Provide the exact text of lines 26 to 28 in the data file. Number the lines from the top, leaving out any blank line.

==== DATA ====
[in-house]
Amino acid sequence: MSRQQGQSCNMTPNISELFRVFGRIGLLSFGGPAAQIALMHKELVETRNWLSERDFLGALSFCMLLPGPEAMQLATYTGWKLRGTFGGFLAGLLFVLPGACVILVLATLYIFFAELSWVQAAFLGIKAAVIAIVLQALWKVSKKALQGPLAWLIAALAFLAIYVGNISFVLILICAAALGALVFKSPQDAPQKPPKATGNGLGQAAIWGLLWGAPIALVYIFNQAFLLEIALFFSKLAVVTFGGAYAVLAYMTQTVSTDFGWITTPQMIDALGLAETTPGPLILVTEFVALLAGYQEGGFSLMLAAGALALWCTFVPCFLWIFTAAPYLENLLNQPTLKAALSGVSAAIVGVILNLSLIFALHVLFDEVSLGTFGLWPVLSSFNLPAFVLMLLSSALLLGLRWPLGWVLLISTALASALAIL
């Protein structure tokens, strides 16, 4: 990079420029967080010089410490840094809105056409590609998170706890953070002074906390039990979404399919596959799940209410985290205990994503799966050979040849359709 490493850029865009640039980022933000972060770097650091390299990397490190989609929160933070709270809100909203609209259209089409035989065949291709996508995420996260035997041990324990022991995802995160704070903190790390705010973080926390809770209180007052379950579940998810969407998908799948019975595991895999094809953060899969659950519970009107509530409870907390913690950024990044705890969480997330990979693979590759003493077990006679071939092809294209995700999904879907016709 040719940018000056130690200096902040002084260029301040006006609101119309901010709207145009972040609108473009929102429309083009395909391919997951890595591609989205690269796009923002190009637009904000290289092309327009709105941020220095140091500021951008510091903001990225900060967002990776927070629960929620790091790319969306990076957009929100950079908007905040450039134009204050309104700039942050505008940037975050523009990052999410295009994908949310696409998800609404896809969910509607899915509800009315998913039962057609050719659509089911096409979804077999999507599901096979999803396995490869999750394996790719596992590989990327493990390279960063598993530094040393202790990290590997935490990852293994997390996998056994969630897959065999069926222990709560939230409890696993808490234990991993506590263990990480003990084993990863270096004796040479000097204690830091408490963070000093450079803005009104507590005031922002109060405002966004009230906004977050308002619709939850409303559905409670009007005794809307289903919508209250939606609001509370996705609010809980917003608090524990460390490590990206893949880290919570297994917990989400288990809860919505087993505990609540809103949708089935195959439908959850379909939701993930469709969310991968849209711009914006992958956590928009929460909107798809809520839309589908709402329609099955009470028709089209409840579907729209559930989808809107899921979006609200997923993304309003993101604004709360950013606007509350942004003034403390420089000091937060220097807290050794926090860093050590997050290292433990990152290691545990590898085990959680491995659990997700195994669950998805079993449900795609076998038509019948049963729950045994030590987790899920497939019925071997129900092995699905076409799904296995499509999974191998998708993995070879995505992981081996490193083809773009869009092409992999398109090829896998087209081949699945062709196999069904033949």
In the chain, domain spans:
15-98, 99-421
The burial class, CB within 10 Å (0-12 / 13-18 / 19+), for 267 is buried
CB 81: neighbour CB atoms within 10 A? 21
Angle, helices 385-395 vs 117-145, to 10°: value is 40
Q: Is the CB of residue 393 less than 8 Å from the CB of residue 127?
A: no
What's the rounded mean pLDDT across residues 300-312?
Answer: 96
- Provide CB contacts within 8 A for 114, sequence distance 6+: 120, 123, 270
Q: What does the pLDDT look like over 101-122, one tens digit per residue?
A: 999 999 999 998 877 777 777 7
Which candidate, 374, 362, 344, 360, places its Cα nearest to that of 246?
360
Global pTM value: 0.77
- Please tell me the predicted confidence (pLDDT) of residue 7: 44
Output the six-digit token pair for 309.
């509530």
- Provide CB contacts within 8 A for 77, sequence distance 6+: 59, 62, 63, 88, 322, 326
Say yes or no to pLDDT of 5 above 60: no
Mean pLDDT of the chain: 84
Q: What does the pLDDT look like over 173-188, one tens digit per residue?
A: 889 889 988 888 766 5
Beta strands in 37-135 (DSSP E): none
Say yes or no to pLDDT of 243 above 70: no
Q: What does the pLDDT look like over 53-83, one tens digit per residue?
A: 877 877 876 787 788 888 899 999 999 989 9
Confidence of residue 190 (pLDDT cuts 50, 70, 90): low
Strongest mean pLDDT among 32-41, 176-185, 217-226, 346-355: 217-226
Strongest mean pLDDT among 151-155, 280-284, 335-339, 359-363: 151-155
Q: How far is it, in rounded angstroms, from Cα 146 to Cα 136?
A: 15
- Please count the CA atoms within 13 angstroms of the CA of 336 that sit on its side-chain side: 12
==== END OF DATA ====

A: 889 889 988 888 766 5
Beta strands in 37-135 (DSSP E): none
Say yes or no to pLDDT of 243 above 70: no